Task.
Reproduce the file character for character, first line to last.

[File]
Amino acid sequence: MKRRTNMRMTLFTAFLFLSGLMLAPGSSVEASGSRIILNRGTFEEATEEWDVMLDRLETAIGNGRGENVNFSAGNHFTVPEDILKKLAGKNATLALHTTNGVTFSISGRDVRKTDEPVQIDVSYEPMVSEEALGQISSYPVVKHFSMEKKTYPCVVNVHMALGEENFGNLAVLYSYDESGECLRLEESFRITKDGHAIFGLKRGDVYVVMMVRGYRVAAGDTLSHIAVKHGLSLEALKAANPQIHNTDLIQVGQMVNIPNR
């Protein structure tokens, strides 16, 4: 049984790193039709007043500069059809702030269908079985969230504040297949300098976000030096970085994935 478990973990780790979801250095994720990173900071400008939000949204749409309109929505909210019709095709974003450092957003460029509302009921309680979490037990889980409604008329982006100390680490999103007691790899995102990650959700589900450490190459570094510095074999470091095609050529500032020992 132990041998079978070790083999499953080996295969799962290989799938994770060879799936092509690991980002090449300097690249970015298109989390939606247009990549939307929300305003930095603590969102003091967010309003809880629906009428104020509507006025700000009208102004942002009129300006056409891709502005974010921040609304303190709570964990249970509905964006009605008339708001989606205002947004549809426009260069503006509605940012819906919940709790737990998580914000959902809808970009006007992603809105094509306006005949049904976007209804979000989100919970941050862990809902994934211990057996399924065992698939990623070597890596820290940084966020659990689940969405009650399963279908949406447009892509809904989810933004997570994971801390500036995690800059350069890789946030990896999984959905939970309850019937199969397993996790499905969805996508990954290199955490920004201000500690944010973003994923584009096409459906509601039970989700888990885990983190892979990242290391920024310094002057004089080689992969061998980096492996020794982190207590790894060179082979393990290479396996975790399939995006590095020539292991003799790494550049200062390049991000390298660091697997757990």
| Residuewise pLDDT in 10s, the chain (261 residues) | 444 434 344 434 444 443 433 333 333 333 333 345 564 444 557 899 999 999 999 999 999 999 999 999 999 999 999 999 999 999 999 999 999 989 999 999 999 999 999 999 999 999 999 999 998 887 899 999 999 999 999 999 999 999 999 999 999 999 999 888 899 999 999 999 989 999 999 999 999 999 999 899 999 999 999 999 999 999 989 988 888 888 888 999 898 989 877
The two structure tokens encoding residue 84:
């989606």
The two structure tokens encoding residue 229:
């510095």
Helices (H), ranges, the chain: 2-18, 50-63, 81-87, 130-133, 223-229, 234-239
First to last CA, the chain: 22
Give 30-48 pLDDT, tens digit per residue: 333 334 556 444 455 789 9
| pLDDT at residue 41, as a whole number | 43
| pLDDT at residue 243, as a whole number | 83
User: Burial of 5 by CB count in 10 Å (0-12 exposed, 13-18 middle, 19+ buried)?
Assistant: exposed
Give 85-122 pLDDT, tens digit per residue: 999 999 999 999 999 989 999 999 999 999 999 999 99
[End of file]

Amino acid sequence: MKRRTNMRMTLFTAFLFLSGLMLAPGSSVEASGSRIILNRGTFEEATEEWDVMLDRLETAIGNGRGENVNFSAGNHFTVPEDILKKLAGKNATLALHTTNGVTFSISGRDVRKTDEPVQIDVSYEPMVSEEALGQISSYPVVKHFSMEKKTYPCVVNVHMALGEENFGNLAVLYSYDESGECLRLEESFRITKDGHAIFGLKRGDVYVVMMVRGYRVAAGDTLSHIAVKHGLSLEALKAANPQIHNTDLIQVGQMVNIPNR
């Protein structure tokens, strides 16, 4: 049984790193039709007043500069059809702030269908079985969230504040297949300098976000030096970085994935 478990973990780790979801250095994720990173900071400008939000949204749409309109929505909210019709095709974003450092957003460029509302009921309680979490037990889980409604008329982006100390680490999103007691790899995102990650959700589900450490190459570094510095074999470091095609050529500032020992 132990041998079978070790083999499953080996295969799962290989799938994770060879799936092509690991980002090449300097690249970015298109989390939606247009990549939307929300305003930095603590969102003091967010309003809880629906009428104020509507006025700000009208102004942002009129300006056409891709502005974010921040609304303190709570964990249970509905964006009605008339708001989606205002947004549809426009260069503006509605940012819906919940709790737990998580914000959902809808970009006007992603809105094509306006005949049904976007209804979000989100919970941050862990809902994934211990057996399924065992698939990623070597890596820290940084966020659990689940969405009650399963279908949406447009892509809904989810933004997570994971801390500036995690800059350069890789946030990896999984959905939970309850019937199969397993996790499905969805996508990954290199955490920004201000500690944010973003994923584009096409459906509601039970989700888990885990983190892979990242290391920024310094002057004089080689992969061998980096492996020794982190207590790894060179082979393990290479396996975790399939995006590095020539292991003799790494550049200062390049991000390298660091697997757990």
| Residuewise pLDDT in 10s, the chain (261 residues) | 444 434 344 434 444 443 433 333 333 333 333 345 564 444 557 899 999 999 999 999 999 999 999 999 999 999 999 999 999 999 999 999 999 989 999 999 999 999 999 999 999 999 999 999 998 887 899 999 999 999 999 999 999 999 999 999 999 999 999 888 899 999 999 999 989 999 999 999 999 999 999 899 999 999 999 999 999 999 989 988 888 888 888 999 898 989 877
The two structure tokens encoding residue 84:
């989606």
The two structure tokens encoding residue 229:
């510095």
Helices (H), ranges, the chain: 2-18, 50-63, 81-87, 130-133, 223-229, 234-239
First to last CA, the chain: 22
Give 30-48 pLDDT, tens digit per residue: 333 334 556 444 455 789 9
| pLDDT at residue 41, as a whole number | 43
| pLDDT at residue 243, as a whole number | 83
User: Burial of 5 by CB count in 10 Å (0-12 exposed, 13-18 middle, 19+ buried)?
Assistant: exposed
Give 85-122 pLDDT, tens digit per residue: 999 999 999 999 999 989 999 999 999 999 999 999 99